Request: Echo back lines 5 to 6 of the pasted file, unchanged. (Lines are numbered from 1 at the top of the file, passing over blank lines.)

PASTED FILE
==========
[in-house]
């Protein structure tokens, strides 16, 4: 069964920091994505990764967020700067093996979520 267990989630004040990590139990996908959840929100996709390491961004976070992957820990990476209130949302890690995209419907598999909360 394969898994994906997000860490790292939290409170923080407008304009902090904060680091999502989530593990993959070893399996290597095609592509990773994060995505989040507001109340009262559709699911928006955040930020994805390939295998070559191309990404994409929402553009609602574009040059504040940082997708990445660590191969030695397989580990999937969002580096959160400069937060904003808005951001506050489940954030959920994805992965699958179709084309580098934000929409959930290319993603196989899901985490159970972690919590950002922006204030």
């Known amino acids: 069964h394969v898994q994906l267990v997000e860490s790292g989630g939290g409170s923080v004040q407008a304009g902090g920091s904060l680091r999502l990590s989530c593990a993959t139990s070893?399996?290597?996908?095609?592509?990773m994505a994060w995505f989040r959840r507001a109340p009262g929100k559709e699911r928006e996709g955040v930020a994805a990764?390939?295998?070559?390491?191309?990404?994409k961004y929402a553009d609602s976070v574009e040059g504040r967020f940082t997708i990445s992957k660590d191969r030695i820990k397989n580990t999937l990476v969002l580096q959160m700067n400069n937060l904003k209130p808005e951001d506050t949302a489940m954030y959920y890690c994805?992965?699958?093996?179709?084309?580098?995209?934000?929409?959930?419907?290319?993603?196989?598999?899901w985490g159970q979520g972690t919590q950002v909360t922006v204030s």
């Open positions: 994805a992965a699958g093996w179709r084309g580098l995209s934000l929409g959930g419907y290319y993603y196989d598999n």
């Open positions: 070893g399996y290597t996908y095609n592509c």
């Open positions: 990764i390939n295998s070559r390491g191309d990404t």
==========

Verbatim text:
């Open positions: 070893g399996y290597t996908y095609n592509c």
């Open positions: 990764i390939n295998s070559r390491g191309d990404t």